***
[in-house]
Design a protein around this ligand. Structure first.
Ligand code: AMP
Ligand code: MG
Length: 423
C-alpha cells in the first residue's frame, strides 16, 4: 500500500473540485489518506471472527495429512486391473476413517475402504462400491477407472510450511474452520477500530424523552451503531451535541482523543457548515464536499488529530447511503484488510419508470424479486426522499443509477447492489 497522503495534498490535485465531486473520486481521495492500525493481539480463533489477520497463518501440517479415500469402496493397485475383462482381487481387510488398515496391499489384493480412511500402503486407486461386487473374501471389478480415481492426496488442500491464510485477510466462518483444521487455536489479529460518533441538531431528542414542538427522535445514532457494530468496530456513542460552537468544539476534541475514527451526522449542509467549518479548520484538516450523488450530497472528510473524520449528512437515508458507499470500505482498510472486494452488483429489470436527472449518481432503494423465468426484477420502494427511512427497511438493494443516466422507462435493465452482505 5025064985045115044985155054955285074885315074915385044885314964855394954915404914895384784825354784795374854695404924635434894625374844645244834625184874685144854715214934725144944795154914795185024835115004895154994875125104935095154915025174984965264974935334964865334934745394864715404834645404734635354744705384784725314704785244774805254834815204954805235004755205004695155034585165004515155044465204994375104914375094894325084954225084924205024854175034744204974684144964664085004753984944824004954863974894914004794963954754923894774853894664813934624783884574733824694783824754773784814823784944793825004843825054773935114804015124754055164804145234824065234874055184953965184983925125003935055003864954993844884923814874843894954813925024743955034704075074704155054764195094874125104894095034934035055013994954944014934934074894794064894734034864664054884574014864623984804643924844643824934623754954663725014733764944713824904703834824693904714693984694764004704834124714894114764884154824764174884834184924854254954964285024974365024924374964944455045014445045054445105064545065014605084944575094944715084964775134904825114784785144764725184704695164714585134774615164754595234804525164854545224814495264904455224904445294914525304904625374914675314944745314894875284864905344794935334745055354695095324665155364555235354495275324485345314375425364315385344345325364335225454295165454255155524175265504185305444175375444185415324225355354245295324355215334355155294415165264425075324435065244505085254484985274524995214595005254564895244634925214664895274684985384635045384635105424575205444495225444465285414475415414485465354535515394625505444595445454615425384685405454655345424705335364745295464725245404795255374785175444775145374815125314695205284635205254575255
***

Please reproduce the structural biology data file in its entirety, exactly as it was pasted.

[in-house]
Design a protein around this ligand. Structure first.
Ligand code: AMP
Ligand code: MG
Length: 423
C-alpha cells in the first residue's frame, strides 16, 4: 500500500473540485489518506471472527495429512486391473476413517475402504462400491477407472510450511474452520477500530424523552451503531451535541482523543457548515464536499488529530447511503484488510419508470424479486426522499443509477447492489 497522503495534498490535485465531486473520486481521495492500525493481539480463533489477520497463518501440517479415500469402496493397485475383462482381487481387510488398515496391499489384493480412511500402503486407486461386487473374501471389478480415481492426496488442500491464510485477510466462518483444521487455536489479529460518533441538531431528542414542538427522535445514532457494530468496530456513542460552537468544539476534541475514527451526522449542509467549518479548520484538516450523488450530497472528510473524520449528512437515508458507499470500505482498510472486494452488483429489470436527472449518481432503494423465468426484477420502494427511512427497511438493494443516466422507462435493465452482505 5025064985045115044985155054955285074885315074915385044885314964855394954915404914895384784825354784795374854695404924635434894625374844645244834625184874685144854715214934725144944795154914795185024835115004895154994875125104935095154915025174984965264974935334964865334934745394864715404834645404734635354744705384784725314704785244774805254834815204954805235004755205004695155034585165004515155044465204994375104914375094894325084954225084924205024854175034744204974684144964664085004753984944824004954863974894914004794963954754923894774853894664813934624783884574733824694783824754773784814823784944793825004843825054773935114804015124754055164804145234824065234874055184953965184983925125003935055003864954993844884923814874843894954813925024743955034704075074704155054764195094874125104894095034934035055013994954944014934934074894794064894734034864664054884574014864623984804643924844643824934623754954663725014733764944713824904703834824693904714693984694764004704834124714894114764884154824764174884834184924854254954964285024974365024924374964944455045014445045054445105064545065014605084944575094944715084964775134904825114784785144764725184704695164714585134774615164754595234804525164854545224814495264904455224904445294914525304904625374914675314944745314894875284864905344794935334745055354695095324665155364555235354495275324485345314375425364315385344345325364335225454295165454255155524175265504185305444175375444185415324225355354245295324355215334355155294415165264425075324435065244505085254484985274524995214595005254564895244634925214664895274684985384635045384635105424575205444495225444465285414475415414485465354535515394625505444595445454615425384685405454655345424705335364745295464725245404795255374785175444775145374815125314695205284635205254575255